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H i g h l i g h t s A c c o u n t a b i l i t y I n t e g r i t y R e l i a b i l i t y

Highlights of GAO-08-106, a report to the Committee on Homeland Security and Governmental Affairs, U.S. Senate

Why GAO Did This Study

Hurricane Katrina destroyed or damaged 134,000 homes and 10,000 rental units in Mississippi alone. The Federal Emergency Management Agency (FEMA) in part responded by providing displaced individuals with temporary housing in the form of mobile homes and travel trailers, placed on both private property and at FEMA-constructed group sites. In 2006, FEMA awarded 10 contracts in Mississippi to maintain and deactivate (MD) the housing units and 5 for group site maintenance (GSM). GAO was asked to investigate whether there were indications of fraud, waste, and abuse related to FEMA’s oversight of these 15 contracts. GAO analyzed FEMA’s issuance of task orders, tested a representative sample of monthly maintenance inspections payments, prepared case studies detailing the costs related to trailers placed at group sites, and investigated improper activity related to the contracts.

What GAO Recommends

FEMA should take six actions to improve the oversight of the contracts, including placing a greater emphasis on issuing task orders to the companies with the lowest costs, designing controls to test invoices, and reevaluating the allocation of work at the group sites. GAO has also referred all criminal matters identified to the Department of Justice for further investigation. FEMA concurred with all six recommendations and stated it had taken actions to address them.

To view the full product, including the scope and methodology, click on GAO-08-106. For more information, contact Gregory D. Kutz at (202) 512-6722 or kutzg@gao.gov.


Ineffective FEMA Oversight of Housing Maintenan Contracts in Mississippi Resulted in Millions of Dollars of Waste and Potential Fraud

What GAO Found FEMA’s ineffective oversight resulted in an estimated $30 million in wa and improper or potentially fraudulent payments to the MD contractors June 2006 through January 2007 and likely led to millions more in unnec spending beyond this period. For example, FEMA wasted as much as $1 million because it did not issue task orders to the contractors with the l prices. In addition, GAO estimates that FEMA paid the contractors almo million because it approved improper or potentially fraudulent invoices amount includes about $15 million spent on maintenance inspections ev though there was no evidence that inspections occurred and about $600 for emergency repairs on housing units that do not exist in FEMA’s inve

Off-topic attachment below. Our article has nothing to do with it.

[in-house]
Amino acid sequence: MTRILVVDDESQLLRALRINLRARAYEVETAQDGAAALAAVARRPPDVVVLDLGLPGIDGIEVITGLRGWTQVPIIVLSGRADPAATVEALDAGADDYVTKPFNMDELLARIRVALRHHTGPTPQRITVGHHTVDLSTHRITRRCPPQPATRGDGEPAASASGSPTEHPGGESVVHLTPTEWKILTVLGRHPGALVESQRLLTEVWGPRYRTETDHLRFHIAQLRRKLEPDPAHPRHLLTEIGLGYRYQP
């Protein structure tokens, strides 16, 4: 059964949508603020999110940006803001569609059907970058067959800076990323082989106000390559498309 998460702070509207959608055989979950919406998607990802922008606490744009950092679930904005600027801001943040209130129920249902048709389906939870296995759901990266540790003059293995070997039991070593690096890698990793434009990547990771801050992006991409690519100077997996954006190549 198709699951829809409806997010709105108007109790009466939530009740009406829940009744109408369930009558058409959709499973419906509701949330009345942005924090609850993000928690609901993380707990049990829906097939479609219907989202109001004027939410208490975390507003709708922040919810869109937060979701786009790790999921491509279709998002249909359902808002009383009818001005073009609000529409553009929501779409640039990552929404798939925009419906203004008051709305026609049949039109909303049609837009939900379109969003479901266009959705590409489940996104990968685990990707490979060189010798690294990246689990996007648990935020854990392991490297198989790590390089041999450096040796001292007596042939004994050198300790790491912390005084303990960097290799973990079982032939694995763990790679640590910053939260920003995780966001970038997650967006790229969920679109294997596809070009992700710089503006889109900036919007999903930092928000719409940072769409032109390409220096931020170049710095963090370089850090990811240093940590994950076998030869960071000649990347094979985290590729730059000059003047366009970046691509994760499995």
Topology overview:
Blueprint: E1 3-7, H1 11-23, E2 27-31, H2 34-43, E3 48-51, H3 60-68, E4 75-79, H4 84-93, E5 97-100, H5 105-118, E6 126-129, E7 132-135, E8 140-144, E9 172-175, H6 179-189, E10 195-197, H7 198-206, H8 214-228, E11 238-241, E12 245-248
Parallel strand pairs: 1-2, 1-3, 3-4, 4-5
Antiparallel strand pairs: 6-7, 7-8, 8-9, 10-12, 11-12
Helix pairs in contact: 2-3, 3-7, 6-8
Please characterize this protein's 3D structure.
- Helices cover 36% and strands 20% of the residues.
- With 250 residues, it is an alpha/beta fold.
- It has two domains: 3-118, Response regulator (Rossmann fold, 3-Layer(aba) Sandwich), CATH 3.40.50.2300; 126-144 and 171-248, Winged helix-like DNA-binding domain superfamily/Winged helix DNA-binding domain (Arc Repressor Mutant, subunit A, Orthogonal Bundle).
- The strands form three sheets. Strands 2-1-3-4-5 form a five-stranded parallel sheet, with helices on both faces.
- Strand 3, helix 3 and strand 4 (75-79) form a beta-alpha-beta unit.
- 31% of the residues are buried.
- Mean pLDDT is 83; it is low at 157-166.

Furthermore, FEMA’s placement of trailers at group sites is leading to excessive costs. As shown below, FEMA will spend on average about $3 on each 280 square foot trailer at a private site through March 2009, the when FEMA plans to end temporary housing occupancy. In contrast, ex for just one trailer at the Port of Bienville Park case study site could esc to about $229,000---the same as the cost of a five bedroom, 2,000 square home in Jackson, Mississippi.

Comparison of Projected Trailer Costs at Private and Group Sites

Part of the reason for this expense is that FEMA placed only eight traile the Bienville site. FEMA wastes money when it operates sites with such small number of trailers because GSM costs are fixed whether a site co 1 or 50 trailer pads. At Bienville, FEMA spends over $576,000 per year— $72,000 per trailer—just for grounds maintenance and road and fence re

GAO also found evidence of improper activity related to the contract aw process. For example, FEMA awarded GSM contracts to two companie did not appear to have submitted independent bids, as required. These companies shared pricing information prior to submitting proposals to and also shared the same president and accountant. Personnel at both companies also misrepresented their job titles and functions, a potentia violation of the False Statements Act. In another case, FEMA’s contract officer awarded a $4 million contract to make the temporary housing un disabled-accessible; the contracting officer allegedly had a previous relationship with the awardee’s subcontractor. GAO licensed engineers estimated that the work should have only cost about $800,000, or one-fi what FEMA ultimately paid.

United States Government Accountabil

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